UMass Resilience As...
Learning, parenting, teaching, working—the way society functioned dramatically shifted as a result of the COVID-19 pandemic. As everyone collectively stretched their legs like endurance runners participating in the New Normal, there’s been no choice but to adapt in real time and reconcile with what once was, now a relic of The Before.
While trudging through obstacles that wracked weary minds and bodies, there were also significant, life-altering ups in 2021 compared to the dramatic downs of 2020: vaccination against a novel virus became available at record speed; research helped the public make informed choices on mitigating risks for infection; opportunities for joy, community, and support once again became within reach of eager grasps.
The successes of the year would not be possible without the hope, perseverance, and sheer brilliance of friends, colleagues, teachers, and ourselves. With the idea that we are stronger when we work toward the common good, folks at UMass Amherst created positive change, both in our backyards and around the globe—changes that brought empowerment, love, pride, and inspiration when it was needed most.
Though the list could stretch well beyond what is written here, we are proud to celebrate these UMass Amherst students, alumni, faculty, and staff who embody resilience in challenging times.
The Public Health Promotion Center (PHPC) at UMass Amherst has provided an invaluable service, offering COVID-19 testing and vaccines to thousands of students, staff, faculty, and community members.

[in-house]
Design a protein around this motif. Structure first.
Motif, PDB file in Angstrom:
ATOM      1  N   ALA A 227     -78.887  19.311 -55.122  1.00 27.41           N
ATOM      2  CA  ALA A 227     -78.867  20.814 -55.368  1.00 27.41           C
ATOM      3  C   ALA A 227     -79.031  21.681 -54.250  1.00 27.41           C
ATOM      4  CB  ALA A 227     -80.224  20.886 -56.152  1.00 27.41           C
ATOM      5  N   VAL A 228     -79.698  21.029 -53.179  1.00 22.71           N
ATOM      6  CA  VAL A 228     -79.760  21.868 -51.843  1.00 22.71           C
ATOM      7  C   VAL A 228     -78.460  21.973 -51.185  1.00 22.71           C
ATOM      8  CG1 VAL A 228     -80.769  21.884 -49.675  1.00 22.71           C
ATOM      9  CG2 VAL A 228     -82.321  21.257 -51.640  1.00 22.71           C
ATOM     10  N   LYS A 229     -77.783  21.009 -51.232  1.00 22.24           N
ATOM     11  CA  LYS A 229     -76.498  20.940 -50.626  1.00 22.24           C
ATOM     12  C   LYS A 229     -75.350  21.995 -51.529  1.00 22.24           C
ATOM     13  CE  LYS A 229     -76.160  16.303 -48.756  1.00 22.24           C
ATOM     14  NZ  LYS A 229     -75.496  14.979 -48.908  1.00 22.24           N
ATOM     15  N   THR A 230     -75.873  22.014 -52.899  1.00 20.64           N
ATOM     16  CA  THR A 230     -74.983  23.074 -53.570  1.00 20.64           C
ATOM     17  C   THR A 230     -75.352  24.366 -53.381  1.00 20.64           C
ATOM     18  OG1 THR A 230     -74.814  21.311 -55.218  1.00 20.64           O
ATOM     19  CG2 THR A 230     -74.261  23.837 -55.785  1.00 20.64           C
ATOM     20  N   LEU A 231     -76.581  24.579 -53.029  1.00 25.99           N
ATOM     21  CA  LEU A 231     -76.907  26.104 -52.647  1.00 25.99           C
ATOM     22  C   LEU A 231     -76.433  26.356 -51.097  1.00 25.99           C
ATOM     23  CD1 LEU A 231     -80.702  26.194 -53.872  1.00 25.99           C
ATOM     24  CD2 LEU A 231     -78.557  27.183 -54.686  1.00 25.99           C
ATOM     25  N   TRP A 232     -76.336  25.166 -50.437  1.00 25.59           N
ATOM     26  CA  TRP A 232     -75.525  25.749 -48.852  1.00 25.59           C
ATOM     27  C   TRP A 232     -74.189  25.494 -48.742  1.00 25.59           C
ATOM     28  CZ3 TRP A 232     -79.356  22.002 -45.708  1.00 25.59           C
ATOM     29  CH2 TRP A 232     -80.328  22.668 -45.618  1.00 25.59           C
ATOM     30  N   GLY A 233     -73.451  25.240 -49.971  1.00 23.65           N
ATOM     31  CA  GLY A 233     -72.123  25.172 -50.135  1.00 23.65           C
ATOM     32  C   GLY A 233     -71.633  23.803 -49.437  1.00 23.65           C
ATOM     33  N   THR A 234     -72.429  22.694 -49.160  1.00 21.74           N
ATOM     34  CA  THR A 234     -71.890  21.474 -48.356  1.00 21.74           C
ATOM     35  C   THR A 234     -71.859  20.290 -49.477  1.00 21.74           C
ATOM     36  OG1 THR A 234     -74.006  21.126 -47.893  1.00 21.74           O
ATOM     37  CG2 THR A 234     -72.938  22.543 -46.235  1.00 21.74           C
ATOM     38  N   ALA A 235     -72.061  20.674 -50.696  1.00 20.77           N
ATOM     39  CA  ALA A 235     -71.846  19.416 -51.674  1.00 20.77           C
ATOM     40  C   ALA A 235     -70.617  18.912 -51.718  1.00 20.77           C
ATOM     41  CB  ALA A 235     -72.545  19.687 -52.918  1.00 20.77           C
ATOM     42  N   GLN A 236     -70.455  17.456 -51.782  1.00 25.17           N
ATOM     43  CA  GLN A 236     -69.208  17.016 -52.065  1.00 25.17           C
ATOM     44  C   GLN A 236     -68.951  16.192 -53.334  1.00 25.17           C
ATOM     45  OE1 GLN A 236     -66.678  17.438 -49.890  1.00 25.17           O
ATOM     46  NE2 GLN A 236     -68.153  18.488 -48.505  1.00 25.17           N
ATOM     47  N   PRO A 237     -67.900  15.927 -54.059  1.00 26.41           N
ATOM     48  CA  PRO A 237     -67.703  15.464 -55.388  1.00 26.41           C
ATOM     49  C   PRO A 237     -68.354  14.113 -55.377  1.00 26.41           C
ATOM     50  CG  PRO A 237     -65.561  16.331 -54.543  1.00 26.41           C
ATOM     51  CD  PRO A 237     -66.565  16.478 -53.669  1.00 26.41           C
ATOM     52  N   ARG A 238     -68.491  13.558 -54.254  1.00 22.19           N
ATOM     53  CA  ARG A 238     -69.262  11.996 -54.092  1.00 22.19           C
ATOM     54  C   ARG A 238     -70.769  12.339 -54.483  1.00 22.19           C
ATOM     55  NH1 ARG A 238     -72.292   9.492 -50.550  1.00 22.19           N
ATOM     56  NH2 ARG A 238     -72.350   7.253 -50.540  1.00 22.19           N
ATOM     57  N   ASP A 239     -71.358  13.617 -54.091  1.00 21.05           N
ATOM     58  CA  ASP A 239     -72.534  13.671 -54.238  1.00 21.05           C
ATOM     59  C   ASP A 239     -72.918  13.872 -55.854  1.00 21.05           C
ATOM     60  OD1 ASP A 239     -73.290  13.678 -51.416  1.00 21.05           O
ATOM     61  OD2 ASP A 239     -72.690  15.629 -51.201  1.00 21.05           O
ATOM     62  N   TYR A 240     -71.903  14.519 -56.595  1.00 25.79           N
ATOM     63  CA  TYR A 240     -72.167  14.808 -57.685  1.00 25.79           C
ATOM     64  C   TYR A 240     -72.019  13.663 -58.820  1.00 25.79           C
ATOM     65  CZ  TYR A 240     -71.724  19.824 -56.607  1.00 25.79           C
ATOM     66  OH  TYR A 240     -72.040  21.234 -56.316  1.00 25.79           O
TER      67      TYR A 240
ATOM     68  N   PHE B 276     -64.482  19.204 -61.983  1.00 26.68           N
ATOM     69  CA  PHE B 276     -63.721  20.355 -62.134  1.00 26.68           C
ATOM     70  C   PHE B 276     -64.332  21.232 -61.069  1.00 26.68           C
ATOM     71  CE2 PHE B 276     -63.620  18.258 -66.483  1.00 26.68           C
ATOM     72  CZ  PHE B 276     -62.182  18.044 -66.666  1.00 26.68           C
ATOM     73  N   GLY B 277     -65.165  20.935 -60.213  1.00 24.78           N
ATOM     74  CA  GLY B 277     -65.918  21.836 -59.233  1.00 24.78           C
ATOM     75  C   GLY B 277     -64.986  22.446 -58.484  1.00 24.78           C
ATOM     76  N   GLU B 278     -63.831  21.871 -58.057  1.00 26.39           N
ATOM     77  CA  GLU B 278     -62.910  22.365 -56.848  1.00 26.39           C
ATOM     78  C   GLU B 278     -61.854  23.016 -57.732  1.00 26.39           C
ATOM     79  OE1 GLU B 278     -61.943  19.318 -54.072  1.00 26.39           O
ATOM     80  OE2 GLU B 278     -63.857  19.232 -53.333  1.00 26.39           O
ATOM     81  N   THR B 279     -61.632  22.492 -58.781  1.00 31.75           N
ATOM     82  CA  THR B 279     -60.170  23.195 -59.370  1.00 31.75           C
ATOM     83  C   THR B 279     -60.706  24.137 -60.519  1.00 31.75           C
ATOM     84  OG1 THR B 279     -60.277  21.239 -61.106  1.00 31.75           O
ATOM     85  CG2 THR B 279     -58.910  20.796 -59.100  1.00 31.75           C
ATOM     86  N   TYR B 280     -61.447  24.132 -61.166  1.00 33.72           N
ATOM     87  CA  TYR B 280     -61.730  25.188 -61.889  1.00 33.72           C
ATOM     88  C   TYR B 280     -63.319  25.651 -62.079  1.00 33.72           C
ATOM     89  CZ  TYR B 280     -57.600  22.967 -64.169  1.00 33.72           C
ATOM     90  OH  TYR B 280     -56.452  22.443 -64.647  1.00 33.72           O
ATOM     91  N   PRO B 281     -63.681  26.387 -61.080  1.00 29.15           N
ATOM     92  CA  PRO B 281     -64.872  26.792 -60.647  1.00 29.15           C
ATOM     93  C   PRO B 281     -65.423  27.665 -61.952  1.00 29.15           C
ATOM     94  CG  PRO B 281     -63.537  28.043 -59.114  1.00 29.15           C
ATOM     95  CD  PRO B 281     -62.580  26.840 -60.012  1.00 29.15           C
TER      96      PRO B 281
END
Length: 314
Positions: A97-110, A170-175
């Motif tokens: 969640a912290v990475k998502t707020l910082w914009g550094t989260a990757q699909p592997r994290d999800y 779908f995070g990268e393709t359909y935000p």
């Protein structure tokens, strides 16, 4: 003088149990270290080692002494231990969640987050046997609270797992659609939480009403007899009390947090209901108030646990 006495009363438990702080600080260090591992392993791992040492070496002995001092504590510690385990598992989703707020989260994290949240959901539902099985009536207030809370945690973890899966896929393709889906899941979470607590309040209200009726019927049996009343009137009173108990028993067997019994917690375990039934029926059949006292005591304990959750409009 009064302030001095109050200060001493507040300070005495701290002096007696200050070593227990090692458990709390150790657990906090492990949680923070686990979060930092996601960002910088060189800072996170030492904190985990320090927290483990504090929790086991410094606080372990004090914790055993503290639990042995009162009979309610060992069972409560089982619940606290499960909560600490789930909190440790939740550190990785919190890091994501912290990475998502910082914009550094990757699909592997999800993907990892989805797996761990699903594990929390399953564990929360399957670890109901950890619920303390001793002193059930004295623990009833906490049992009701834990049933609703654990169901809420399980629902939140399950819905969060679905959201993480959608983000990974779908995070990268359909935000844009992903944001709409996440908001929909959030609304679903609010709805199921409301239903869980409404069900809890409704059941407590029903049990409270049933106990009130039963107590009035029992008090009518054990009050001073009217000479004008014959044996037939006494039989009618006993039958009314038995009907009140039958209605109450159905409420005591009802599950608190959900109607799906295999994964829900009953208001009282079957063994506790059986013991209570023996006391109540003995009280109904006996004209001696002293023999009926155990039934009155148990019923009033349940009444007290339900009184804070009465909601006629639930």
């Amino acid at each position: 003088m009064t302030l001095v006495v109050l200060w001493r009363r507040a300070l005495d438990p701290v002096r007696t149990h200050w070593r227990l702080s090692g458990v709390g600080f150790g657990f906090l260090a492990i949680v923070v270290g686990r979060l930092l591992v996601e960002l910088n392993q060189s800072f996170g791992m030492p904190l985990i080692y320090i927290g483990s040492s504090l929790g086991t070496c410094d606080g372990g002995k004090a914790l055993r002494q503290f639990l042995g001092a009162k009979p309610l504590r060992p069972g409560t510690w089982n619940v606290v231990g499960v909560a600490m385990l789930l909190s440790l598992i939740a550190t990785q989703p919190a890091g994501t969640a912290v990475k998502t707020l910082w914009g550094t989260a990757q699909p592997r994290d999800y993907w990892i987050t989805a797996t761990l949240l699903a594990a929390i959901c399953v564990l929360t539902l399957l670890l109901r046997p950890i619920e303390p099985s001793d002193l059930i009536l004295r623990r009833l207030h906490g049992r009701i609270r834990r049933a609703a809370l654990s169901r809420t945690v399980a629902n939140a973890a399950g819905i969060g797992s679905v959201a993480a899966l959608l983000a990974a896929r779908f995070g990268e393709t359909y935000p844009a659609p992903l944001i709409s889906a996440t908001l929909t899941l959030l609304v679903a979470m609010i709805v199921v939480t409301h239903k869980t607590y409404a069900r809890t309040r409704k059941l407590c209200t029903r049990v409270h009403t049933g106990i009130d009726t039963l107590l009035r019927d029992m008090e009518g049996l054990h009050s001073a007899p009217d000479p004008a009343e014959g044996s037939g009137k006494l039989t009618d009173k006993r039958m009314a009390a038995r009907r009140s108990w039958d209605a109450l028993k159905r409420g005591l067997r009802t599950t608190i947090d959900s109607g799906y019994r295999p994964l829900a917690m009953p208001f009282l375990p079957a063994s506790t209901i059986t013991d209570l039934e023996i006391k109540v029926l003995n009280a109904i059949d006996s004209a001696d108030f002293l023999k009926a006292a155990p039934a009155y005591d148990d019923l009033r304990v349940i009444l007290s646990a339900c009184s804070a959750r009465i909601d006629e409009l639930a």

For the first time in state history, Juneteenth was recognized as an official Massachusetts holiday.
For the first time in program history, the UMass Minutemen won the Division I Men's Hockey NCAA Championship.
Four elite athletes with ties to UMass Amherst represented their nations in Tokyo during the Games of the XXXIII Olympiad.
UMass Amherst saw an unprecedented year of gifts and recognition in the form of named buildings on campus.
UMass Amherst, with The GroundTruth Project, presented “Truth, Dissent, & the Legacy of Daniel Ellsberg,” a free online conference commemorating the 50th anniversary of the Pentagon Papers release.
Despite the challenges of adapting to remote and outside-the-box performance spaces, students in the Music and Dance Program excelled in their crafts and created unconventional—and unforgettable—moments.
An entertainment source loved by both the campus community and wildlife aficionados alike, the Du Bois Falconcam was revived in 2021.
Body positivity is at the heart of Associate Director of News Content Crystal Maldonado’s debut, coming-of-age young adult novel, Fat Chance, Charlie Vega, a book that explores what it means to grow up female, fat, and Puerto Rican.
With a husband overseas in Senegal and three children under the age of seven to pandemic-parent, Korka Sall, ’21 PhD, English literature, looked to the UMass Amherst Student Parent Programs for assistance with childcare, grants, and support to complete her degree.